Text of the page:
This academic year, Temple Student Government is implementing “out-of-office hours,” which requires directors in the executive branch to attend at least one student organization meeting a week to boost outreach.
The current administration campaigned on the policy based on criticism from students that TSG was a “faceless organization,” said Student Body President Francesca Capozzi.
“We didn’t like that reputation that Temple Student Government had,” Capozzi said. “We act as the liaison between students and the administration, which means that students should definitely feel comfortable to come to us and talk to us about anything that they feel is a concern or an issue or even something good that’s going on on Temple’s campus.”
Every director has attended meetings of approximately 25 organizations in the past two weeks, according to a list from Jess Torres, TSG’s director of communications.
But three leaders of the listed organizations told The Temple News that they had no recollection of TSG members attending their meeting in an official capacity.
“That’s not true,” said Mckenzie Morrisey, the STARS director with the Black Student Union. “You would’ve noticed if someone from TSG was there.”
Sariyah Andrews, the president of BSU, said that Natalia Garay, TSG’s director of student affairs, did attend one of their meetings, but as a representative of Queen In You, the campus organization she is president of, and not TSG.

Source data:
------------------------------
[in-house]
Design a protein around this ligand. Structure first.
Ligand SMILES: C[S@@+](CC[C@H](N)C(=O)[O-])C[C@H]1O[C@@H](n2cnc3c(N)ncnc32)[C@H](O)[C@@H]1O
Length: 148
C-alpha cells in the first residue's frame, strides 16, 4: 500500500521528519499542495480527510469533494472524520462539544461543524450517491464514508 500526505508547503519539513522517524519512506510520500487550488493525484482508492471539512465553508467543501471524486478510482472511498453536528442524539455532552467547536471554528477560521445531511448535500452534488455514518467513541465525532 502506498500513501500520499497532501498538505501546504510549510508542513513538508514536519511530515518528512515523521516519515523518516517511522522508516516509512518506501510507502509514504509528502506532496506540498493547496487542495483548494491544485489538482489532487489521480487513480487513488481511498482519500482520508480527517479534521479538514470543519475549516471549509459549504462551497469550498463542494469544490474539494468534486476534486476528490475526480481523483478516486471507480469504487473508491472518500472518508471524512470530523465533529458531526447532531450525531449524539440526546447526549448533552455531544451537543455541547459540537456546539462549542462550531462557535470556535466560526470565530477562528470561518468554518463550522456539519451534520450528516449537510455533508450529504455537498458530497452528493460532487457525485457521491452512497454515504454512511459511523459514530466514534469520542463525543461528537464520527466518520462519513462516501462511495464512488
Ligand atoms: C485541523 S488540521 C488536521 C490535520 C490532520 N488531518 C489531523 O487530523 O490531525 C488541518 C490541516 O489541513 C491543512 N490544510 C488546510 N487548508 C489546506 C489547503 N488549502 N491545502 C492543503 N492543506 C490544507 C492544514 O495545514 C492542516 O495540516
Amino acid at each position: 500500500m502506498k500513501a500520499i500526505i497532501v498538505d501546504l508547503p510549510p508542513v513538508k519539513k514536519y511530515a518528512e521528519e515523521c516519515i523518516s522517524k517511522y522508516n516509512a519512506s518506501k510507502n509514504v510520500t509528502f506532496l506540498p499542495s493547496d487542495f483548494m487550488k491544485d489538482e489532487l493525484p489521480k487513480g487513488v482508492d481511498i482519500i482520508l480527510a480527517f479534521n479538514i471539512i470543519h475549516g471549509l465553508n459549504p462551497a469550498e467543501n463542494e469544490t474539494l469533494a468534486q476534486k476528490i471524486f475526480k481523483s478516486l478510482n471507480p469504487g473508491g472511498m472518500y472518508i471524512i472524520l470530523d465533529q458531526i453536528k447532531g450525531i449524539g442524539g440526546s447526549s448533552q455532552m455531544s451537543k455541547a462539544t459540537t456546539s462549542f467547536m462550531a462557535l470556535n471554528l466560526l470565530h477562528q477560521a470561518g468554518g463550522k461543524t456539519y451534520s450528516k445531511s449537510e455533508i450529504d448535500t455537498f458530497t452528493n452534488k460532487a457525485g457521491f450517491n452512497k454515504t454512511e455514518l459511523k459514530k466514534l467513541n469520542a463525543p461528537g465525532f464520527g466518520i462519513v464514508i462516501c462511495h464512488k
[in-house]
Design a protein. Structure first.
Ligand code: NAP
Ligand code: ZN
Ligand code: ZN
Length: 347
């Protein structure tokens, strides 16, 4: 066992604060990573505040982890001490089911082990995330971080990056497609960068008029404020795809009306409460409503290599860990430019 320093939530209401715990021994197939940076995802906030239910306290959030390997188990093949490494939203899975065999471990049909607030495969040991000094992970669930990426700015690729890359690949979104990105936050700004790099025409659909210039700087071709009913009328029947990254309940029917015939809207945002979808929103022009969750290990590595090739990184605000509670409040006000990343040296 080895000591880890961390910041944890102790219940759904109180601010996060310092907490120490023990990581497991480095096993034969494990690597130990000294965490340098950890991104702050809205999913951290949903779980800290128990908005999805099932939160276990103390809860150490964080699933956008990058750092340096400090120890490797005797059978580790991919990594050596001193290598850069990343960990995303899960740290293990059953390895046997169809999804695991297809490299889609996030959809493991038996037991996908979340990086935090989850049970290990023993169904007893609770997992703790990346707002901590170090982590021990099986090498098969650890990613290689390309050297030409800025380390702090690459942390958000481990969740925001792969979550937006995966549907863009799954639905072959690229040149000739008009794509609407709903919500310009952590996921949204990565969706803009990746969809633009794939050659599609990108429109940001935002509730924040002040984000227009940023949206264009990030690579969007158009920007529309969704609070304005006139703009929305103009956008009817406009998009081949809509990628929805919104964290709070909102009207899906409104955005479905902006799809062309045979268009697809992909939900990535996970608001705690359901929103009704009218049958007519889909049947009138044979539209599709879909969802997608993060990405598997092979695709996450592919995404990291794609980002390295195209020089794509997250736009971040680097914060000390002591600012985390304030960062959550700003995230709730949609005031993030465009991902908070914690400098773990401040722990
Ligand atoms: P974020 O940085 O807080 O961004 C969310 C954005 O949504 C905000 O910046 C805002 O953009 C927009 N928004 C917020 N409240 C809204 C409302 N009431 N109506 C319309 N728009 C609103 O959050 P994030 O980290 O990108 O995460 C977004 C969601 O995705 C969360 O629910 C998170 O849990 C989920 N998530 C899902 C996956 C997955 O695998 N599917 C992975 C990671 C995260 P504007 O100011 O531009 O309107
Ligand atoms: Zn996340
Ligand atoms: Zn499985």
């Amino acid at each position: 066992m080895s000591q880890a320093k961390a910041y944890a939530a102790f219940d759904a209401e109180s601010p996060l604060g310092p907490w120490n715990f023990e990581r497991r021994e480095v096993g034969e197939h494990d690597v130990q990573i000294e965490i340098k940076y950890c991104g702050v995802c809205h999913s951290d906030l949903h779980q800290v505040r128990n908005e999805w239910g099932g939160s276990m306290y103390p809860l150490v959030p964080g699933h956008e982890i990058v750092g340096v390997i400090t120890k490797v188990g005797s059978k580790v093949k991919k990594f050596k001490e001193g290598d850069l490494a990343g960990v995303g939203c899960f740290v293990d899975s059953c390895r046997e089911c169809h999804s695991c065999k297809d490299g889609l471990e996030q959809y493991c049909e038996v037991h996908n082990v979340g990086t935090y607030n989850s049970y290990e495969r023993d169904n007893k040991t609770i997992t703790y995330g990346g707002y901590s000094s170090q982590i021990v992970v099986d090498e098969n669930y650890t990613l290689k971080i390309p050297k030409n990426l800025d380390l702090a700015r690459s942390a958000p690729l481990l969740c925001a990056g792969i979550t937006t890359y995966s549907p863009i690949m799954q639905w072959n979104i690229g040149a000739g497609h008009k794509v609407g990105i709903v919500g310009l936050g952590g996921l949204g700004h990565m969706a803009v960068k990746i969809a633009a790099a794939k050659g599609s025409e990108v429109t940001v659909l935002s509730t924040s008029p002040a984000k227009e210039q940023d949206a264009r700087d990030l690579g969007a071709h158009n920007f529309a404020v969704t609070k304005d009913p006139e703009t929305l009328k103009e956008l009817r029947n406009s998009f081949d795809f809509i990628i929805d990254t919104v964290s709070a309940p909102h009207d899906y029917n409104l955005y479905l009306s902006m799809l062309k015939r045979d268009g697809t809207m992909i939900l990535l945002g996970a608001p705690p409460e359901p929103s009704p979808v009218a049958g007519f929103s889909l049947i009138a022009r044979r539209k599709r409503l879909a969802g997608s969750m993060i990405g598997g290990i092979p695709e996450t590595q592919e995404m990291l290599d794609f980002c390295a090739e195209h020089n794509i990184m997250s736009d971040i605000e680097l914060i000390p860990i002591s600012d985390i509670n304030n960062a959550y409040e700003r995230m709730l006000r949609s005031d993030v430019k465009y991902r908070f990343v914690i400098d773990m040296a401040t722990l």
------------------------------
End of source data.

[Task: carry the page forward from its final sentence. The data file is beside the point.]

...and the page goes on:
Garay said that she attended the BSU meeting as a representative of both Queen In You and TSG and that she’s attended meetings of the Progressive NAACP and S.M.O.O.T.H. Inc., among others, in her TSG capacity.
“Normally, when I go to different organization meetings, I count it as an hour of out-of-office hours,” Garay said. “But if I’m asked in the capacity of Queen In You, it depends on the event.”
“Let’s say, for instance, the BSU event, because I knew that they were talking about things that had to do with student concerns, I kept both hats on,” she added.
Some directors may not have attended their chosen organization’s meetings in full or not have talked to every leader in an organization, which could explain why some organization leaders did not notice them, Capozzi said.
“This is still a really early initiative,” Capozzi said. “So working out the kinks, letting our directors know the reason that we really want to have these office hours is so that they can connect with these students to make sure their voices are heard.”
Capozzi is considering requiring directors to fill out more detailed post-meeting reports, she said.
“It’s important that there’s some accountability factor that also allows us to then reach out again to these organizations and make sure their concerns or questions were heard or answered,” Capozzi said.
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